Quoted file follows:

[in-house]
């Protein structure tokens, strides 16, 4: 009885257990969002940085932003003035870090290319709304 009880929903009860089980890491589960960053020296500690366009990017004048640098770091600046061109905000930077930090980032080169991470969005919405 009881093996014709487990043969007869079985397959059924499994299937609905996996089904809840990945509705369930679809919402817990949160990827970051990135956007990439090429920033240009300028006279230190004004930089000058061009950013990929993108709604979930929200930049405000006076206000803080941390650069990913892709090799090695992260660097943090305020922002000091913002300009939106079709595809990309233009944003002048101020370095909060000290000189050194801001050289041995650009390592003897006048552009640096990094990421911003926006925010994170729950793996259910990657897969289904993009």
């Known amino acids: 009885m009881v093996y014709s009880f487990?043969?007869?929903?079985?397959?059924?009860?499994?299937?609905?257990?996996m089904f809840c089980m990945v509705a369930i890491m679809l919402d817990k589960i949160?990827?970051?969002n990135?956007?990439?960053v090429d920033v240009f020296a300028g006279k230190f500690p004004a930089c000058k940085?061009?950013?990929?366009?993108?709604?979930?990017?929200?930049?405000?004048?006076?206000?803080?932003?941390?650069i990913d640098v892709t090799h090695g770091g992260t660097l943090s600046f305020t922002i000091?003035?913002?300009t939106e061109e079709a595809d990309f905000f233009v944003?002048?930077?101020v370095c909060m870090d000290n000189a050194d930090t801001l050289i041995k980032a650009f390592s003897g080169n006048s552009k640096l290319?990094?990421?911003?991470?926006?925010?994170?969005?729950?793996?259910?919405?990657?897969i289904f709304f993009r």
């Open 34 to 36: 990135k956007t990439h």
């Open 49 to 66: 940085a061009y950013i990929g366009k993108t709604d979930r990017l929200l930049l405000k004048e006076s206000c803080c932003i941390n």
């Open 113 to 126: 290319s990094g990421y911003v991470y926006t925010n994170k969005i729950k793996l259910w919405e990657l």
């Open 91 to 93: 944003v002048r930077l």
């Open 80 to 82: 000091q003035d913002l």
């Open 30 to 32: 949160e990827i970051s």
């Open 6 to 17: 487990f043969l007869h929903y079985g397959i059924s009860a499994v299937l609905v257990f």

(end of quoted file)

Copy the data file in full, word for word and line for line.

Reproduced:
[in-house]
């Protein structure tokens, strides 16, 4: 009885257990969002940085932003003035870090290319709304 009880929903009860089980890491589960960053020296500690366009990017004048640098770091600046061109905000930077930090980032080169991470969005919405 009881093996014709487990043969007869079985397959059924499994299937609905996996089904809840990945509705369930679809919402817990949160990827970051990135956007990439090429920033240009300028006279230190004004930089000058061009950013990929993108709604979930929200930049405000006076206000803080941390650069990913892709090799090695992260660097943090305020922002000091913002300009939106079709595809990309233009944003002048101020370095909060000290000189050194801001050289041995650009390592003897006048552009640096990094990421911003926006925010994170729950793996259910990657897969289904993009």
């Known amino acids: 009885m009881v093996y014709s009880f487990?043969?007869?929903?079985?397959?059924?009860?499994?299937?609905?257990?996996m089904f809840c089980m990945v509705a369930i890491m679809l919402d817990k589960i949160?990827?970051?969002n990135?956007?990439?960053v090429d920033v240009f020296a300028g006279k230190f500690p004004a930089c000058k940085?061009?950013?990929?366009?993108?709604?979930?990017?929200?930049?405000?004048?006076?206000?803080?932003?941390?650069i990913d640098v892709t090799h090695g770091g992260t660097l943090s600046f305020t922002i000091?003035?913002?300009t939106e061109e079709a595809d990309f905000f233009v944003?002048?930077?101020v370095c909060m870090d000290n000189a050194d930090t801001l050289i041995k980032a650009f390592s003897g080169n006048s552009k640096l290319?990094?990421?911003?991470?926006?925010?994170?969005?729950?793996?259910?919405?990657?897969i289904f709304f993009r």
């Open 34 to 36: 990135k956007t990439h």
């Open 49 to 66: 940085a061009y950013i990929g366009k993108t709604d979930r990017l929200l930049l405000k004048e006076s206000c803080c932003i941390n």
């Open 113 to 126: 290319s990094g990421y911003v991470y926006t925010n994170k969005i729950k793996l259910w919405e990657l």
């Open 91 to 93: 944003v002048r930077l």
């Open 80 to 82: 000091q003035d913002l």
């Open 30 to 32: 949160e990827i970051s």
């Open 6 to 17: 487990f043969l007869h929903y079985g397959i059924s009860a499994v299937l609905v257990f």